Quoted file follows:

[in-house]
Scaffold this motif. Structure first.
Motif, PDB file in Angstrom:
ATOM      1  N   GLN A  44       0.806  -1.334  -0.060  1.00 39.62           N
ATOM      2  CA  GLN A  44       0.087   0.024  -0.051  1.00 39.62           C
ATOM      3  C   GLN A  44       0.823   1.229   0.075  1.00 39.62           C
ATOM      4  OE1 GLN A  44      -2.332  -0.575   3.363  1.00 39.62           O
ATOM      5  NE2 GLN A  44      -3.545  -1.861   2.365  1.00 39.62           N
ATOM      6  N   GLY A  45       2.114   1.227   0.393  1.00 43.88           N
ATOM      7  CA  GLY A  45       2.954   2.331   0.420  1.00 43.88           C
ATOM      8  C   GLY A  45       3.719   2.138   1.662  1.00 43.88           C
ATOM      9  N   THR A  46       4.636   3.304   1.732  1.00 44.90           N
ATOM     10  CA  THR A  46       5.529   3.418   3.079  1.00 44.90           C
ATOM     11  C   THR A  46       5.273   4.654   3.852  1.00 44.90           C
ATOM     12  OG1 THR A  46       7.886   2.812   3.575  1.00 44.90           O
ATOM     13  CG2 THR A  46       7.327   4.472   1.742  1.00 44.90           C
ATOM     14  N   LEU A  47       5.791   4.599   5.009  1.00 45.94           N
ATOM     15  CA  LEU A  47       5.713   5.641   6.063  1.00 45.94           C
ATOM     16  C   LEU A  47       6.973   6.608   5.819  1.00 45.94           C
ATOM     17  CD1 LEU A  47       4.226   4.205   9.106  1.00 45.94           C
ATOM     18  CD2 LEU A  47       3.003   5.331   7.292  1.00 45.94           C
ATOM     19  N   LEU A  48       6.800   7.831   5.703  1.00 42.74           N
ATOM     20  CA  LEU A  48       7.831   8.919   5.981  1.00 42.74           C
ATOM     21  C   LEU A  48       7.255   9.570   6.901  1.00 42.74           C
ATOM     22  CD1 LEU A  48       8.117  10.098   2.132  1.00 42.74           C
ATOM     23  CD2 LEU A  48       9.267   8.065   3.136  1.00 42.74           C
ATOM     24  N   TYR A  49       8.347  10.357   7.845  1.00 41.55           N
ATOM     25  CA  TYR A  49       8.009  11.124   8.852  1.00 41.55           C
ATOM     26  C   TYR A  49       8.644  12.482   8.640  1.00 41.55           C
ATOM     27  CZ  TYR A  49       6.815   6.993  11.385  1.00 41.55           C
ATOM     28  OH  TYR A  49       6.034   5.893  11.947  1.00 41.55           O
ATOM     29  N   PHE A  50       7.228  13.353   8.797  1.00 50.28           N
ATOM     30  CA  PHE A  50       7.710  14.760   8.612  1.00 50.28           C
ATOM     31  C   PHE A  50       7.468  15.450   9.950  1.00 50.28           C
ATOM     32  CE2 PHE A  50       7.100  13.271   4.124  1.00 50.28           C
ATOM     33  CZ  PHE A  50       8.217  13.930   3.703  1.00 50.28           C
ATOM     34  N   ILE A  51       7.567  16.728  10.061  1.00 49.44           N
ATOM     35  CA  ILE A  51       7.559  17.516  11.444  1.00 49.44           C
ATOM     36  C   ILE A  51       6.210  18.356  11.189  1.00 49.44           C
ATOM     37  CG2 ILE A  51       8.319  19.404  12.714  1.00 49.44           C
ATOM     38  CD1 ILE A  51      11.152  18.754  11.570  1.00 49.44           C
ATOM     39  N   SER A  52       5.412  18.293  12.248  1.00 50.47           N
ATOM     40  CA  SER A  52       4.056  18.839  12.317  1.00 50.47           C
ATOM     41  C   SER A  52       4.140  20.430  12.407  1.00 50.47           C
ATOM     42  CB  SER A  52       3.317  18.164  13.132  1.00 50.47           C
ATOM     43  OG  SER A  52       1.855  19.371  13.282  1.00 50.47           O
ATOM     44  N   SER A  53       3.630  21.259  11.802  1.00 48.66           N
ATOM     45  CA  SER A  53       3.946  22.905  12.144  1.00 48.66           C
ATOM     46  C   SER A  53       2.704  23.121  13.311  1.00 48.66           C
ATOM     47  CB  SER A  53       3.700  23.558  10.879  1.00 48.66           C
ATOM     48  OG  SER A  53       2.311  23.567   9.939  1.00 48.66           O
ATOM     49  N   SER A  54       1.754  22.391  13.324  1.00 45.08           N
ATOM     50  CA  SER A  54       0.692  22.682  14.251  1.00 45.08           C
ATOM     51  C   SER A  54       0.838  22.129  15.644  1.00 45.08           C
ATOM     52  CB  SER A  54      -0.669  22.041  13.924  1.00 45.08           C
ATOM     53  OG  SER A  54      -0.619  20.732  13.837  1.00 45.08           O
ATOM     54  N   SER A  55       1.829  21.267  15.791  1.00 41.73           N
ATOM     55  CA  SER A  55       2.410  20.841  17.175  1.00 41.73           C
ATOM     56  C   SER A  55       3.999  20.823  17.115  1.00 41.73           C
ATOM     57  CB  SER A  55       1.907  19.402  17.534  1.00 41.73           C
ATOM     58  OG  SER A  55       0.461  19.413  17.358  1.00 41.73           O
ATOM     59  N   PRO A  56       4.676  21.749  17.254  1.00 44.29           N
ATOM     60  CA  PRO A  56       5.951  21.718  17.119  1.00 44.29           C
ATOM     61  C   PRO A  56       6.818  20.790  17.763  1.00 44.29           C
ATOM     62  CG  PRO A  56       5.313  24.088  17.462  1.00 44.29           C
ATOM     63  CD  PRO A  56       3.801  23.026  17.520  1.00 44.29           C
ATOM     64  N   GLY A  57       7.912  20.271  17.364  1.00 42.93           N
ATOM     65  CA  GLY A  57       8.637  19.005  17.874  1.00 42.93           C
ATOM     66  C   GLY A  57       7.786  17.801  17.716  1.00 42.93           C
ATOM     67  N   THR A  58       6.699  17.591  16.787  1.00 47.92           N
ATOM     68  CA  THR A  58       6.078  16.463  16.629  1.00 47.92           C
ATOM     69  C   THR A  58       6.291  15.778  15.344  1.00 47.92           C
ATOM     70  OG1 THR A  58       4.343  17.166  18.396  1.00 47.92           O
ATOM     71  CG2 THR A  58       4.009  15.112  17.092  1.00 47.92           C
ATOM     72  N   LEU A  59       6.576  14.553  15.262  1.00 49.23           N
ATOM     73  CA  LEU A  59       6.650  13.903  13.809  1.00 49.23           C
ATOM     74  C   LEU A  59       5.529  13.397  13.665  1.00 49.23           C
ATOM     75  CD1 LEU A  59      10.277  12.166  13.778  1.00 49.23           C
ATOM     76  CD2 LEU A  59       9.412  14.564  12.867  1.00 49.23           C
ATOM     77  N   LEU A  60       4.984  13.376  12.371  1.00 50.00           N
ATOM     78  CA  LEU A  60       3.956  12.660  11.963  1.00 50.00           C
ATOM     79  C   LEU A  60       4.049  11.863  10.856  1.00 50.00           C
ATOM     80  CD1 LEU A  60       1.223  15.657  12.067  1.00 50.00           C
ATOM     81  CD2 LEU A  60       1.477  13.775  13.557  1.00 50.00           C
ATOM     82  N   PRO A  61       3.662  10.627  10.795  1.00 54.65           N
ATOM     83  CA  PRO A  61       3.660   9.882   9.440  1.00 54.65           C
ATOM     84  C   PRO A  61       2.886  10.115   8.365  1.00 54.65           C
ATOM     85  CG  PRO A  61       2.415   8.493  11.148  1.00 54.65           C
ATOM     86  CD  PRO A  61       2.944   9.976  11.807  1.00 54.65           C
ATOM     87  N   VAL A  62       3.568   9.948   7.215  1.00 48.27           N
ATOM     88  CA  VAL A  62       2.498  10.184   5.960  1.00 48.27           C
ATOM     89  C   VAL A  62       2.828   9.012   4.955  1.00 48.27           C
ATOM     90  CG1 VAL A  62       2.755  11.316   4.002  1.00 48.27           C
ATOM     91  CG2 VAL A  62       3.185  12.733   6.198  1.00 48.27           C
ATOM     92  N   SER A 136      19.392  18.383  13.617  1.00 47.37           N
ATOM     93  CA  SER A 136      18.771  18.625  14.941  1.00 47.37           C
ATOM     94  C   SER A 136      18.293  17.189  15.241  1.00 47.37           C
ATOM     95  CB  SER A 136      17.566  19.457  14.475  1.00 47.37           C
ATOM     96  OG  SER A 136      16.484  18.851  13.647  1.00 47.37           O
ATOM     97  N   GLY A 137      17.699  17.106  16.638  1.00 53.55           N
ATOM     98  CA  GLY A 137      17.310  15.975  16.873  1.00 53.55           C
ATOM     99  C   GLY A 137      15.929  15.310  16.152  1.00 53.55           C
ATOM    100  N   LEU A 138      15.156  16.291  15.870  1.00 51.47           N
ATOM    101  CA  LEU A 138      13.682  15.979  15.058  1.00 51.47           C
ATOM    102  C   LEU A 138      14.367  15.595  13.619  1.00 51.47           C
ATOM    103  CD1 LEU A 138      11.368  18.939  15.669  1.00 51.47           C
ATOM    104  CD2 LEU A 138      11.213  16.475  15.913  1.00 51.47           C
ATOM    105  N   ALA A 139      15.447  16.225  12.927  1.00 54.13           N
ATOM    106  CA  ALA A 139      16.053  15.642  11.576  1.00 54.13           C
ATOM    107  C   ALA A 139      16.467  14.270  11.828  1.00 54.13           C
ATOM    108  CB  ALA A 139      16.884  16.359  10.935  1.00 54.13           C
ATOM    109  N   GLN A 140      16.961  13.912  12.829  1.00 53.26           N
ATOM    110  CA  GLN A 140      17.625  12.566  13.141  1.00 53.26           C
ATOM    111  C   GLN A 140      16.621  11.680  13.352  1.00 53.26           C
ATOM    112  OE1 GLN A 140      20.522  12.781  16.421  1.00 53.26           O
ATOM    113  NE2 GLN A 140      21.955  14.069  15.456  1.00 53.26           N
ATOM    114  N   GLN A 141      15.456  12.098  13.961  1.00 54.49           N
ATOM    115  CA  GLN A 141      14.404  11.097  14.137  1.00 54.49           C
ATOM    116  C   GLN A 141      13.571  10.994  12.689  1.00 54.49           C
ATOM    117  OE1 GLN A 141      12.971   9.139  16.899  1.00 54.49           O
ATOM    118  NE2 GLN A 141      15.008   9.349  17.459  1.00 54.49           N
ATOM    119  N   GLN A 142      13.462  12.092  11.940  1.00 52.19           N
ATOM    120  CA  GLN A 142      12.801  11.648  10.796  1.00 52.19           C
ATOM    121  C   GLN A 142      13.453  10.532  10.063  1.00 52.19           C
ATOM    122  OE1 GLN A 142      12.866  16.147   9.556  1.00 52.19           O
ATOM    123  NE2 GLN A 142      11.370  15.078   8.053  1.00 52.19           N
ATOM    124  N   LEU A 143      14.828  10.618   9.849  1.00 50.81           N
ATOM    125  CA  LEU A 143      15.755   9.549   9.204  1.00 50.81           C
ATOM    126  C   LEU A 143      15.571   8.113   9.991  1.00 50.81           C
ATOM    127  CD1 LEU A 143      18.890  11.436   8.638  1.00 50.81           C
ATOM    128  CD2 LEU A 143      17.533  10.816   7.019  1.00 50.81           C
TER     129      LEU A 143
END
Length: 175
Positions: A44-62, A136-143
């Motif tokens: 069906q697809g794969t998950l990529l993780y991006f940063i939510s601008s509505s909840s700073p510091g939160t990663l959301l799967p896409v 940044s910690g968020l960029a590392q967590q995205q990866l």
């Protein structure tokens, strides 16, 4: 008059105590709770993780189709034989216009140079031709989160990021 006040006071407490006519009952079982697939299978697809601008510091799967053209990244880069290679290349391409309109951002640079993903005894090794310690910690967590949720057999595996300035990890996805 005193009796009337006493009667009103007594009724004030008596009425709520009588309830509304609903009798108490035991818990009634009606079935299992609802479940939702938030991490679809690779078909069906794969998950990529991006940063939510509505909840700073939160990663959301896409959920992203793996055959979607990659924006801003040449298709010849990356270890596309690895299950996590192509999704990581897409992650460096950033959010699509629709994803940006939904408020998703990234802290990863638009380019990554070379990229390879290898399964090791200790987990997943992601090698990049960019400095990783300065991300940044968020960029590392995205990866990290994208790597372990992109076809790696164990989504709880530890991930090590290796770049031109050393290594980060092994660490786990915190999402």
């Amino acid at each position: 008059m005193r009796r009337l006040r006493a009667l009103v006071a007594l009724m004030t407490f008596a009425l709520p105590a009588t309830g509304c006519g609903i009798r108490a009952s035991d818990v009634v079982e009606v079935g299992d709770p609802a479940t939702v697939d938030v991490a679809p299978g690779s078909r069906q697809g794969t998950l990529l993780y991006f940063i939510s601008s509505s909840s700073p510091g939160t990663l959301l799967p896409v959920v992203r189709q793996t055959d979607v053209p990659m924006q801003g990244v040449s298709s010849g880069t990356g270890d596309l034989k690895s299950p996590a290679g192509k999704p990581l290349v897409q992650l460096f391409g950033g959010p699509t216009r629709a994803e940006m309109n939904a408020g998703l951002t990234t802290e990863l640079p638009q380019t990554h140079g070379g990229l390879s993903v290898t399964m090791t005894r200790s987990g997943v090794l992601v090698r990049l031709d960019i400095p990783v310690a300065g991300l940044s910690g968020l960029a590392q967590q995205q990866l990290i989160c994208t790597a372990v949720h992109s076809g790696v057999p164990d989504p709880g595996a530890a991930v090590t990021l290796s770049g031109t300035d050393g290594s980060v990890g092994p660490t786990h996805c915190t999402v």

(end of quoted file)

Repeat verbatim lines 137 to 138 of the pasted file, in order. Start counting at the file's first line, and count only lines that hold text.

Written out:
């Protein structure tokens, strides 16, 4: 008059105590709770993780189709034989216009140079031709989160990021 006040006071407490006519009952079982697939299978697809601008510091799967053209990244880069290679290349391409309109951002640079993903005894090794310690910690967590949720057999595996300035990890996805 005193009796009337006493009667009103007594009724004030008596009425709520009588309830509304609903009798108490035991818990009634009606079935299992609802479940939702938030991490679809690779078909069906794969998950990529991006940063939510509505909840700073939160990663959301896409959920992203793996055959979607990659924006801003040449298709010849990356270890596309690895299950996590192509999704990581897409992650460096950033959010699509629709994803940006939904408020998703990234802290990863638009380019990554070379990229390879290898399964090791200790987990997943992601090698990049960019400095990783300065991300940044968020960029590392995205990866990290994208790597372990992109076809790696164990989504709880530890991930090590290796770049031109050393290594980060092994660490786990915190999402």
């Amino acid at each position: 008059m005193r009796r009337l006040r006493a009667l009103v006071a007594l009724m004030t407490f008596a009425l709520p105590a009588t309830g509304c006519g609903i009798r108490a009952s035991d818990v009634v079982e009606v079935g299992d709770p609802a479940t939702v697939d938030v991490a679809p299978g690779s078909r069906q697809g794969t998950l990529l993780y991006f940063i939510s601008s509505s909840s700073p510091g939160t990663l959301l799967p896409v959920v992203r189709q793996t055959d979607v053209p990659m924006q801003g990244v040449s298709s010849g880069t990356g270890d596309l034989k690895s299950p996590a290679g192509k999704p990581l290349v897409q992650l460096f391409g950033g959010p699509t216009r629709a994803e940006m309109n939904a408020g998703l951002t990234t802290e990863l640079p638009q380019t990554h140079g070379g990229l390879s993903v290898t399964m090791t005894r200790s987990g997943v090794l992601v090698r990049l031709d960019i400095p990783v310690a300065g991300l940044s910690g968020l960029a590392q967590q995205q990866l990290i989160c994208t790597a372990v949720h992109s076809g790696v057999p164990d989504p709880g595996a530890a991930v090590t990021l290796s770049g031109t300035d050393g290594s980060v990890g092994p660490t786990h996805c915190t999402v």